Excerpts from Jim Conrad's
Naturalist Newsletter


from the November 1, 2009 Newsletter, from near Natchez, Mississippi

Christmas Ferns are the most abundant fern here. Our second-most common fern species is either the Southern Shield-Fern, which we've already taken a look at, at http://www.backyardnature.net/n/h/shield-f.htm or the Ebony Spleenwort, ASPLENIUM PLATYNEURON, shown above.

This is a much smaller, more delicate fern than the first two, and you recognize it at a glance by its slender, pagodalike fronds, and stiff, dark brown frond stems or rachises. You can see the fern's sori below:

sori of Ebony Spleenwort, ASPLENIUM PLATYNEURON

The cinnamon-colored, granular masses there are bunches of spore-producing, baglike sporangia. Upon maturation the sporangia burst open and release spores. The pale, cellophane-like structures running alongside the sori are indusia, which protecte the sporangia before they mature. Indusium presence and shape are important fern identification features.

Where I grew up in rural western Kentucky, similar to here in southwestern Mississippi, the Christmas Fern was the most common fern species. We were too far north for the Southern Shield-Fern, but the Ebony Spleenwort, as here, was the second-most common fern. This hints at the fact that this small, fragile- looking fern is tougher than it looks. In fact, it's recognized as an ecological generalist specializing in disturbed woods, but it also grows on rock and masonry, even in urban zones. With global warming, Ebony Spleenworts have been documented as migrating northward at the northern part of its range in the upper Great Lake states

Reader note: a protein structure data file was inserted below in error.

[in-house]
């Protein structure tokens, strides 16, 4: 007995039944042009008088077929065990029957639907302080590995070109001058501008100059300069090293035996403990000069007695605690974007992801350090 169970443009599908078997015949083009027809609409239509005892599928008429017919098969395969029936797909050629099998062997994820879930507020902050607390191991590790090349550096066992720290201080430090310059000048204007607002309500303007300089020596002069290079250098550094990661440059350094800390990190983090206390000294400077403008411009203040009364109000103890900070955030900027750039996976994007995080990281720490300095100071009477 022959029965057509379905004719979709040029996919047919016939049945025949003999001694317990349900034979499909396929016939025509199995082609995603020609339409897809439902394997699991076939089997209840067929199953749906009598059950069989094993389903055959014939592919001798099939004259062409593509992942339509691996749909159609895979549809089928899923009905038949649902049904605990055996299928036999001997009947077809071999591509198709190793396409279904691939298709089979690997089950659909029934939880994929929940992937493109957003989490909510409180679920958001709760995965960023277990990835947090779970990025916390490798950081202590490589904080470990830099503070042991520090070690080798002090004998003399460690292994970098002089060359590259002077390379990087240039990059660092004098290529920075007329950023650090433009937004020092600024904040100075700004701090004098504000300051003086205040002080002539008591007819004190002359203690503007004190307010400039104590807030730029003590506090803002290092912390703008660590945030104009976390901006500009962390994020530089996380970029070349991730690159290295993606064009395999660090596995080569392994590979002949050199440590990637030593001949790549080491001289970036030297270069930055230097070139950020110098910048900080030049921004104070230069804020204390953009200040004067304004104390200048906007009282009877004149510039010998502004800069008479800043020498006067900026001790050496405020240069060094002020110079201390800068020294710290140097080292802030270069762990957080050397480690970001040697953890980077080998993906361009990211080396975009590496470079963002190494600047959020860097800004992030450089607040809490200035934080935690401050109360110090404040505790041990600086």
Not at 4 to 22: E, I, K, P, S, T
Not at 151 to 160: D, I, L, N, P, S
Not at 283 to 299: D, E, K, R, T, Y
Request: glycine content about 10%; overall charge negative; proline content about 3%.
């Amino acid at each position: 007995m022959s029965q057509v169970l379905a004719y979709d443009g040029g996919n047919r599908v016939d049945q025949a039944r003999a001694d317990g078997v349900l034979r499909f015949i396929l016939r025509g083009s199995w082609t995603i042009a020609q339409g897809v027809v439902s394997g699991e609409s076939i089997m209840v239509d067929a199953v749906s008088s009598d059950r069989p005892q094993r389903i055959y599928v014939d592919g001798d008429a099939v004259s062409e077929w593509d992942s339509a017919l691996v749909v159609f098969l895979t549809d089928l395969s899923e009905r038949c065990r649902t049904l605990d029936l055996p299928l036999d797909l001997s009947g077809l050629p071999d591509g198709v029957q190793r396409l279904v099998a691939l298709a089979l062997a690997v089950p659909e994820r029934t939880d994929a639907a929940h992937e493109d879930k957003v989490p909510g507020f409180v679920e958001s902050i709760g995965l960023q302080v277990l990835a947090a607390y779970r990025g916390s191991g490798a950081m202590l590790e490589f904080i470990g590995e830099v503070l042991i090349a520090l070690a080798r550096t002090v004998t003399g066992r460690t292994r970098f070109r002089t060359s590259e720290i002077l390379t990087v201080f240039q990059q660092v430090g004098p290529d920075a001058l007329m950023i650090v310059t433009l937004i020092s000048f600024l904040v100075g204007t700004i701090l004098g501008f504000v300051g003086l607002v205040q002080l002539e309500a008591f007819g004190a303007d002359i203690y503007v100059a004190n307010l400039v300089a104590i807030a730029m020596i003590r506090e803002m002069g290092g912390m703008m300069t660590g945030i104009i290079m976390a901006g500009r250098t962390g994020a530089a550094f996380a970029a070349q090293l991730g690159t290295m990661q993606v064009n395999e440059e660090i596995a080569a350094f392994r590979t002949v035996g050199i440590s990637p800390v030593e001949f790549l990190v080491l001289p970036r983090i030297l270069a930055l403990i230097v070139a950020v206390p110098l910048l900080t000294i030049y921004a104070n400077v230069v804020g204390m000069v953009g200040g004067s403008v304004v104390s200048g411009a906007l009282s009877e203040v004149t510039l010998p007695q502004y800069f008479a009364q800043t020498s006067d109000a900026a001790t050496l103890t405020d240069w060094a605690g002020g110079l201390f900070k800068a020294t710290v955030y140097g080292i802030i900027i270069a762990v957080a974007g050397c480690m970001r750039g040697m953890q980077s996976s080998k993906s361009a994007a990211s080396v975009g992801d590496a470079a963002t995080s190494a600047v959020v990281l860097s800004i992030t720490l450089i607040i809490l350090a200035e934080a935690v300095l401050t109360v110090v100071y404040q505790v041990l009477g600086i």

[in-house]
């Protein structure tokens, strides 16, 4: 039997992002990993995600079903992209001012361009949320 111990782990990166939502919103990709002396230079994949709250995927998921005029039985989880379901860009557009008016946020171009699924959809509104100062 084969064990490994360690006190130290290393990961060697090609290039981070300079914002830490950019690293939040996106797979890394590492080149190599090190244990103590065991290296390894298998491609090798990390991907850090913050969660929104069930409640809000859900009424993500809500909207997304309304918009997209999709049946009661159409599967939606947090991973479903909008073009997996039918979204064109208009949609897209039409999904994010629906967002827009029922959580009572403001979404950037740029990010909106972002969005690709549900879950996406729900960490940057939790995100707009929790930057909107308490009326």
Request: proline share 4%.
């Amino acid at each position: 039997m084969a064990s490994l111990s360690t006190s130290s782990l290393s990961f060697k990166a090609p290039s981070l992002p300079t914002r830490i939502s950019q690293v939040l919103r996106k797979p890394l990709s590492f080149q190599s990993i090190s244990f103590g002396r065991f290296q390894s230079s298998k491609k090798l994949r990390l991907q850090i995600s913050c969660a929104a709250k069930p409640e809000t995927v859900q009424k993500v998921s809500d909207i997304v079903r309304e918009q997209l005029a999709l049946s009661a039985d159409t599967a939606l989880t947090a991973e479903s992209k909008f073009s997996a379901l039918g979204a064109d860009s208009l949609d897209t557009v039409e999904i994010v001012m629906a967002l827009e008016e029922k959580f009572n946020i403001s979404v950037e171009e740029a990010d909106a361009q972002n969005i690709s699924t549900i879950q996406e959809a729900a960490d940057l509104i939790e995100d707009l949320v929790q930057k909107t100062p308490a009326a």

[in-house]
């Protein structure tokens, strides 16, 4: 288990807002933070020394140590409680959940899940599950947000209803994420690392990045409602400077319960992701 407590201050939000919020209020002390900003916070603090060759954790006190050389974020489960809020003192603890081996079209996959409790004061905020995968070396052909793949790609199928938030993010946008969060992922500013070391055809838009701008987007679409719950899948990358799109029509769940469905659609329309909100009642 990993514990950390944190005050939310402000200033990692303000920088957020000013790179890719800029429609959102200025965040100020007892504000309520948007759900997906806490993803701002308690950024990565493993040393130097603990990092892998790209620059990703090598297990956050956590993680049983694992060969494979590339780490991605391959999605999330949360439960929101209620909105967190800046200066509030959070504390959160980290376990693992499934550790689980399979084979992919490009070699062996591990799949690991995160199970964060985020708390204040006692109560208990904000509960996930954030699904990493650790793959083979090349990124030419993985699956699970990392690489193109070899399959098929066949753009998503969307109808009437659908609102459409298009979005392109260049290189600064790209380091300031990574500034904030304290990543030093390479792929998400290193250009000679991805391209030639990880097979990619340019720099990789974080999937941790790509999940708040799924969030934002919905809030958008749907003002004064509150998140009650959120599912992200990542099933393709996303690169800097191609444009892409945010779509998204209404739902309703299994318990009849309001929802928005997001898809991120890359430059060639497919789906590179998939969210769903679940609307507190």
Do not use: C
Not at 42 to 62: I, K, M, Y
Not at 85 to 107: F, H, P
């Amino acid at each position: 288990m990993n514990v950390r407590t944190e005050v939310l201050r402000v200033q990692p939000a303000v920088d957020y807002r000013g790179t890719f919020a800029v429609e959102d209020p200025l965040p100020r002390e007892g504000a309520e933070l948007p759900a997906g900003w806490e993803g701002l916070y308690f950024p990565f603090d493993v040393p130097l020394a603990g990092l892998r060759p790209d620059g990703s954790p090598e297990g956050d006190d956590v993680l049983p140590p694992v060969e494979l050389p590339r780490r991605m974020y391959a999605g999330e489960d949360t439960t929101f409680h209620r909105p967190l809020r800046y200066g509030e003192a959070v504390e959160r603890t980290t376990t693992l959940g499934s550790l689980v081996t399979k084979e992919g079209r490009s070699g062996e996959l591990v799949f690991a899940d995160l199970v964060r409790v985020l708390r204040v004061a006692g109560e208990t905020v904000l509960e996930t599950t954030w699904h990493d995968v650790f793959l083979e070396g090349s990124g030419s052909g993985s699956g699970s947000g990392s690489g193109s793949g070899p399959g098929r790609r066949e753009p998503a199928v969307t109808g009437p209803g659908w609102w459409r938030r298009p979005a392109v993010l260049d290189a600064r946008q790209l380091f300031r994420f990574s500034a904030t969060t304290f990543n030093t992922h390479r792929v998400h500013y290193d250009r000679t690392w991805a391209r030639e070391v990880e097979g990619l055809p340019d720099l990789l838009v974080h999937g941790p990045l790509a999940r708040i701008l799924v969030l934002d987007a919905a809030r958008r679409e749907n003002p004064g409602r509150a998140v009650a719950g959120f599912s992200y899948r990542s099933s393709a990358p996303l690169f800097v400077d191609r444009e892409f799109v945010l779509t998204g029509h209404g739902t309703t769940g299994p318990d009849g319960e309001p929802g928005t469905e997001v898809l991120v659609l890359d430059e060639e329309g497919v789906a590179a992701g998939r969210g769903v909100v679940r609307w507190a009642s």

The species occurs throughout nearly all the Eastern Forest Biome from Quebec southward, plus, amazingly, some quirk of history has made it native to South Africa as well -- a distribution shared by no other fern.

from the December 21, 2003 Newsletter, from near Natchez, Mississippi

An Ebony Spleenwort in a long-abandoned field up in Kentucky was the first fern I ever identified. That's because Ebony Spleenworts are distinctive and thus easy to identify. Their most striking feature, as the above pictures show, is their dark mahogany, almost black "midribs," or rachises, which very few other fern species have. All the other ferns I can think of with dark rachises are themselves other spleenwort species. About 720 known spleenwort species occur worldwide, though in the Natchez area the Ebony Spleenwort is the only common one. A couple of other spleenwort species could conceivably show up.

In our woods Ebony Spleenworts occur mainly where soil breaks through the leaf litter, as at bayou edges and on steep stream banks. They also grow in profusion on the moist, shaded, northern side of the barn here, right up against the foundation. When my mother was alive, Ebony Spleenworts grew on the northern side of her brick house, right against the foundation, well shaded by shrubby junipers. You might check the same habitat of your own home, and if you find a foot-tall, blackish-rachised fern, it'll almost undoubtedly be an Ebony Spleenwort.

"Spleenwort" is another nice botanical word worth paying attention to. The "spleen" part is fairly straightforward, because in ancient times the plant was used medicinally for the benefit of the spleen. This belief probably arose from the fact that the leaflets, or pinnae, of the common European spleenwort were shaped a little like a spleen, so the Doctrine of Signatures connected the fern with that organ.

"Wort" is a suffix found in many plant names, such as liverwort, moneywort, pennywort, navelwort, mugwort and ragwort. "Wort" derives from the Old English "wyrt," which simply meant "plant." The word goes back even further, to the common ancestor of English and German, to the Germanic "wurtiz." By the way, "wurtiz" evolved into the modern German word "Wurzel," meaning "root."